Will I Need A Cane After Joint Surgery?
1.25 million Americans have joint replacement surgery each year. When a patient needs joint replacement surgery, surgeons remove or replace damaged joints. In doing so, patients can experience a notable decrease in pain along with a boost in quality of life. However, several weeks of rest are necessary to ensure proper healing. In some cases, a mobility tool can prove useful. Medically known as an assistive device, a walker, cane, or other tool helps maintain stability while in the immediate recovery stages. Afterward, a daily low-impact exercise plan focused on building back muscle helps patients restore range of motion.
Consistency is power
Directly after surgery, patients will begin leg lifting without assistance to start developing strength. Patients may need to use a walker or cane in the first few weeks of recovery. Within 2-3 weeks, most patients will be walking without an assistive device. To maximize healing, physical therapy will start within a few weeks after surgery. In addition to mobility movements like straight leg raises, make time for cardiovascular exercise, such as using the elliptical or stationary bike. Gentle cardio strengthens the leg muscles while keeping stress off the quadriceps, keeping the need for assistive devices at a minimum.
Healing at home
Recovering with all the comforts of home is ideal for the vast majority of patients. To limit the possibility of reinjuring the new joint, plan to avoid activities with a high risk of falling. To limit injury, doctors recommend installing mobility devices such as a raised toilet seat and clearing pathways to avoid tripping in cluttered areas of the home. If useful, patients can also cook extra meals before the procedure, which limits physical activity while elevating nutrient levels.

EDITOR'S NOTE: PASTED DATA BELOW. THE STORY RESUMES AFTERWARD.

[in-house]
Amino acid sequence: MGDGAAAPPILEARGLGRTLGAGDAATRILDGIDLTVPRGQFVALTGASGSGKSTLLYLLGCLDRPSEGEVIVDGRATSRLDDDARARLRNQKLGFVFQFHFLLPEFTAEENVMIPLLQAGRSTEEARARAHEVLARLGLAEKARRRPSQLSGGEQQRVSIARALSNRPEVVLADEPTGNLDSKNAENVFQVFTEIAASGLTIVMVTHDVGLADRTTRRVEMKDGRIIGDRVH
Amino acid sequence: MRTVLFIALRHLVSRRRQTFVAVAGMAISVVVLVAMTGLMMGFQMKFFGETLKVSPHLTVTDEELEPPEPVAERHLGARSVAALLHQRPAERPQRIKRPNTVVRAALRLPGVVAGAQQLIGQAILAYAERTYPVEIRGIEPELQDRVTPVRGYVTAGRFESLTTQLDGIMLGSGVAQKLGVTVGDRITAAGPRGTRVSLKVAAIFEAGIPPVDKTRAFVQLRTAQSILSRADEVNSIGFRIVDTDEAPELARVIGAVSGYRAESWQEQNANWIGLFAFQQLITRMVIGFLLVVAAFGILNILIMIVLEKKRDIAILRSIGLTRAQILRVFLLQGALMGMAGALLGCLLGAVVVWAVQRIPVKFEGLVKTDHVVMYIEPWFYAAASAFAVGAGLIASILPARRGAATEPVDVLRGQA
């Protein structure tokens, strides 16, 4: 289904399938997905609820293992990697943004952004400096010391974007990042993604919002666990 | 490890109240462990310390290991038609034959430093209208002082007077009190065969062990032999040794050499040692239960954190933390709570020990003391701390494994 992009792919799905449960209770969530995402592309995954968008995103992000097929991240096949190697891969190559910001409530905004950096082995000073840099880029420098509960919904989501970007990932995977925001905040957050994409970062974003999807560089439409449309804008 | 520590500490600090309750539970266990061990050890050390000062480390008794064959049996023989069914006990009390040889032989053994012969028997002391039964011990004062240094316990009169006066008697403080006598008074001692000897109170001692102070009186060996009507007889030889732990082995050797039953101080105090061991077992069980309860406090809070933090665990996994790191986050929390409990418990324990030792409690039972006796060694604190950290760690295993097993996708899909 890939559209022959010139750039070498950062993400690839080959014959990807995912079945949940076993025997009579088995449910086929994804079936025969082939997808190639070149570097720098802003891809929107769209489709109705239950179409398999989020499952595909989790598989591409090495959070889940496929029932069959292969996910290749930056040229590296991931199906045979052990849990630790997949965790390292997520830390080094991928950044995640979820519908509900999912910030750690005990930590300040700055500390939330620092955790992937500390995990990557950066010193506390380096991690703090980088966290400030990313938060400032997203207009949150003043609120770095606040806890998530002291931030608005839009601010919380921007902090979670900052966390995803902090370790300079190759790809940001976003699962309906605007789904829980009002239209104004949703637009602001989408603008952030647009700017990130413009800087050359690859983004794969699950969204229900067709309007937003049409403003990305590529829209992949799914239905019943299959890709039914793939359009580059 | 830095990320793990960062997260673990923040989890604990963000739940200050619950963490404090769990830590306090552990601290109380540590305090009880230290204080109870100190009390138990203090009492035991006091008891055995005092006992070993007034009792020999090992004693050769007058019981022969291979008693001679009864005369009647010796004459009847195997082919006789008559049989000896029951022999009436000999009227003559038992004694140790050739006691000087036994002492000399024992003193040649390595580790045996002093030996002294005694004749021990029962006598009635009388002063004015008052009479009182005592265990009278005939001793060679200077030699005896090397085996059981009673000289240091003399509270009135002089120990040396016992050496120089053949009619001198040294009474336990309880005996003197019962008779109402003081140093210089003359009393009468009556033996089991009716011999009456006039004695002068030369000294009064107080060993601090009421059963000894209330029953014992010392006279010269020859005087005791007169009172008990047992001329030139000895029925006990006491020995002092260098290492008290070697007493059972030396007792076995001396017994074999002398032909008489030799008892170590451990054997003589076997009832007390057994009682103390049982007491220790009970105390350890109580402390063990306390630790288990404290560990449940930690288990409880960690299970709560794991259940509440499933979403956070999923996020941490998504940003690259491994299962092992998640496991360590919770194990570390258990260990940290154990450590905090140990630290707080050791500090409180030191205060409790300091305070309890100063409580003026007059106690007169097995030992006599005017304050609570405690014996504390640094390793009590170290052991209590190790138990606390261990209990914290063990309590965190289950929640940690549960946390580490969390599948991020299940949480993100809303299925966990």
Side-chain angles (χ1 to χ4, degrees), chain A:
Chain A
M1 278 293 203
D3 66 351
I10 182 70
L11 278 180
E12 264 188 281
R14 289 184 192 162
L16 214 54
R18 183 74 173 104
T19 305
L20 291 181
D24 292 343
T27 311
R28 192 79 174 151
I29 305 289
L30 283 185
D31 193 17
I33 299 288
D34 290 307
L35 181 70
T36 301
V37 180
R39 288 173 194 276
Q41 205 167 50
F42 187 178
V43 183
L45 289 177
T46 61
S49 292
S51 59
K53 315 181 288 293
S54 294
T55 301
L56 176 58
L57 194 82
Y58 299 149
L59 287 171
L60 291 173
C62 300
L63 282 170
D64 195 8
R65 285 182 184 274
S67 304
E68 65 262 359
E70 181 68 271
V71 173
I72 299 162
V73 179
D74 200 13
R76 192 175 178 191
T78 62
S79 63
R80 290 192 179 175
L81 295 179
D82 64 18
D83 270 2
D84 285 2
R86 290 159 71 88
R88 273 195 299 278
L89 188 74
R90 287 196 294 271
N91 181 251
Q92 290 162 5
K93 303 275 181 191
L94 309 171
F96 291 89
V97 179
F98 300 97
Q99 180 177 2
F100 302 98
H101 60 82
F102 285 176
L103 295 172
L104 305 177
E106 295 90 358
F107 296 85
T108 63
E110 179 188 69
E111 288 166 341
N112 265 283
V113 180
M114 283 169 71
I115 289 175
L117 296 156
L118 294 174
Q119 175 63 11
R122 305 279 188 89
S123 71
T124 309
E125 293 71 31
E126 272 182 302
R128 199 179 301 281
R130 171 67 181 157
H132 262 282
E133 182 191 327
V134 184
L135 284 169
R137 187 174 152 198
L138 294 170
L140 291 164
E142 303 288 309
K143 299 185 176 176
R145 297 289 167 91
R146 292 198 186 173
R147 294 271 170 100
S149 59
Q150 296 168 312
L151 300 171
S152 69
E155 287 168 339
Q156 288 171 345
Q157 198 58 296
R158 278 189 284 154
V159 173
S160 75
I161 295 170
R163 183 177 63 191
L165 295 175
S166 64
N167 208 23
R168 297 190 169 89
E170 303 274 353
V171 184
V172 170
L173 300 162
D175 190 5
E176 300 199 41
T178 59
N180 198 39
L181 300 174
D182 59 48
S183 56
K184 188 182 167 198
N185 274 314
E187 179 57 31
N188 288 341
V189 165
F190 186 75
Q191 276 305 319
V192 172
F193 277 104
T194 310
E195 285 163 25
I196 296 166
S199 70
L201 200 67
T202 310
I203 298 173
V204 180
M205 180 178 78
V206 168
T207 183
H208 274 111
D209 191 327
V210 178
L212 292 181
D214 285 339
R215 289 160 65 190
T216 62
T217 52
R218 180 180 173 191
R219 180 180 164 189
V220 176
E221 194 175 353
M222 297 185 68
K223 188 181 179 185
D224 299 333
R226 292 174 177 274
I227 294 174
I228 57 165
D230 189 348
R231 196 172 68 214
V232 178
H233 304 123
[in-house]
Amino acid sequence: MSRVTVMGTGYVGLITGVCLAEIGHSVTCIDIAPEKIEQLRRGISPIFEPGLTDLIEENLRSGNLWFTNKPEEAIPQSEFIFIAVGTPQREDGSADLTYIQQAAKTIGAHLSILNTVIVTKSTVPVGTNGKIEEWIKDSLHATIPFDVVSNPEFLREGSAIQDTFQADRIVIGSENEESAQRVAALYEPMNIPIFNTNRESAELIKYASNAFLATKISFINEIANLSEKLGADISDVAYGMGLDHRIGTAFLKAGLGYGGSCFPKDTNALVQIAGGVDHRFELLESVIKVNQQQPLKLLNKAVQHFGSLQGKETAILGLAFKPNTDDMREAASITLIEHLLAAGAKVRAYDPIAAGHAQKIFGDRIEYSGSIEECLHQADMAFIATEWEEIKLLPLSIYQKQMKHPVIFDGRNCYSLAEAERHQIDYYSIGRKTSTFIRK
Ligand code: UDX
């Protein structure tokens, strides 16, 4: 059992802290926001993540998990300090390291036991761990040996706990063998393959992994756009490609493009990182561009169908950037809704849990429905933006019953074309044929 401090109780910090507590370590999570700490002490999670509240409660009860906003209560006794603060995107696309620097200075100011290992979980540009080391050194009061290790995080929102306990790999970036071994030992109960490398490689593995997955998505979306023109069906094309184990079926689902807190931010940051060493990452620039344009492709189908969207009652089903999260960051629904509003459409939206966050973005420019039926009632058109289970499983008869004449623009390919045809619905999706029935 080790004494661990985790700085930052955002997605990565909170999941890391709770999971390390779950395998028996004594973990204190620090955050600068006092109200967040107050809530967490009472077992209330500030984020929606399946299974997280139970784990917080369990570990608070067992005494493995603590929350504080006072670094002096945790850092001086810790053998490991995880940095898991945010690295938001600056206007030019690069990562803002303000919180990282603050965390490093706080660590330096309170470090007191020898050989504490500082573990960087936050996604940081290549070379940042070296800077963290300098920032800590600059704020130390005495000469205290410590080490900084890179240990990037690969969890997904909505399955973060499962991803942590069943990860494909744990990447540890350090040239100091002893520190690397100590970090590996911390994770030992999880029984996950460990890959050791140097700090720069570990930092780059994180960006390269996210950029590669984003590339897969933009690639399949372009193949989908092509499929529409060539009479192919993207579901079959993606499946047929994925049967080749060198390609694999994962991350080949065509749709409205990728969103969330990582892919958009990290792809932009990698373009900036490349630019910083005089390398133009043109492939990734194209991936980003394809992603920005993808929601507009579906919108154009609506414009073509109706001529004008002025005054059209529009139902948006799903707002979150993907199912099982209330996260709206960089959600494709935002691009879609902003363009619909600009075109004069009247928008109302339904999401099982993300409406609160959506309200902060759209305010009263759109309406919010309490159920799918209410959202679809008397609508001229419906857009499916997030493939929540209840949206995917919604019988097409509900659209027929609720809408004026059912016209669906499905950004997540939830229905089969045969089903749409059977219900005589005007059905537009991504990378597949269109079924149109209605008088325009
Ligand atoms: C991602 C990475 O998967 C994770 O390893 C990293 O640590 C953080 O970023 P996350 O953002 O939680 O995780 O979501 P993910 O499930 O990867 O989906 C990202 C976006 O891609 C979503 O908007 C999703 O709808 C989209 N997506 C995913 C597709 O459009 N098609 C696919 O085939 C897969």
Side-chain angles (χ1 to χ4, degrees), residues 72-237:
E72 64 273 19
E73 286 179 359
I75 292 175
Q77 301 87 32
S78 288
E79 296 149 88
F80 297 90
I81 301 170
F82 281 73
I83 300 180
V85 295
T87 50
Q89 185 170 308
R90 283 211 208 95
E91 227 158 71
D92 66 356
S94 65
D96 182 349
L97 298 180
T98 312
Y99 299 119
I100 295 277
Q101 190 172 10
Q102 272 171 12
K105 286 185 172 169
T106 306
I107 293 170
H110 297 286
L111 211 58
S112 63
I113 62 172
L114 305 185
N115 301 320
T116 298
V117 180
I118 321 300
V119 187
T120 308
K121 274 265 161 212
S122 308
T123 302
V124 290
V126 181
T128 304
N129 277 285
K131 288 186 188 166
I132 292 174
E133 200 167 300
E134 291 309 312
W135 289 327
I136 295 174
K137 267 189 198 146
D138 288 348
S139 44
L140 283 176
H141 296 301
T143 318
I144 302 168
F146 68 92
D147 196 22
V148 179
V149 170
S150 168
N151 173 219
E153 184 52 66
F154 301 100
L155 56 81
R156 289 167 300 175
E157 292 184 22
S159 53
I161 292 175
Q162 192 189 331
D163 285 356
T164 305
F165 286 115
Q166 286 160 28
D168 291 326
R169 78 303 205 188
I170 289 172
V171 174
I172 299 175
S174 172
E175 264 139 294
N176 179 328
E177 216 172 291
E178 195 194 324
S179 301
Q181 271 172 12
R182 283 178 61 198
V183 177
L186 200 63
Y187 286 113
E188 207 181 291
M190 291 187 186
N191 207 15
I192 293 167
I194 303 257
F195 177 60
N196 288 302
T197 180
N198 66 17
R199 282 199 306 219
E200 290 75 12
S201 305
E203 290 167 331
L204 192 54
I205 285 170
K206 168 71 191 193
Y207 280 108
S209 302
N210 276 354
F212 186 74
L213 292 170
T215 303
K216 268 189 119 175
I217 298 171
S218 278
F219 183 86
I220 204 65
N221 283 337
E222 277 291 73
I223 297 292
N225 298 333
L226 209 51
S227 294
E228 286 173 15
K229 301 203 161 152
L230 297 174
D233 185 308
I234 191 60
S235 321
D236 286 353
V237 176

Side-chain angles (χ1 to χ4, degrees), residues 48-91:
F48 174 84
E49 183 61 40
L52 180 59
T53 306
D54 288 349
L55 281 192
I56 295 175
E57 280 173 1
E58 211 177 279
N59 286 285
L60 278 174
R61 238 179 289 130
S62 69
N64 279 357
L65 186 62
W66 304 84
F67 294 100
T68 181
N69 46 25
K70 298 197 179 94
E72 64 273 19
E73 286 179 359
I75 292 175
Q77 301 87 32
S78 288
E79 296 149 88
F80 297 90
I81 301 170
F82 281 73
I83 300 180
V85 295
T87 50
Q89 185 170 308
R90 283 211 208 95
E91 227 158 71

Getting your nutrients
Proper vitamin levels, 8 or more hours of sleep, staying hydrated, and minimizing stress boost the likelihood of a successful recovery. To ensure the body accepts the new joint, prioritize a healthy diet in the weeks and months after surgery. Foods rich in calcium, iron, and fiber regulate the digestive system while giving the body vital building blocks needed to build new muscle.
Daily life, without the pain
With a new joint and an as-needed assistive device, patients can enjoy peace of mind with pain-free movement. In some cases, an assistive device such as a walker or cane can help stabilize the patient and limit the risk of reinjury. After the procedure, minimizing the possibility of re-injuring the joint as much as possible is paramount to rapidly regaining mobility. While any surgery is a challenge, patients can fully prepare by cultivating healthy habits and coordinating the comforts of home before recovery even begins.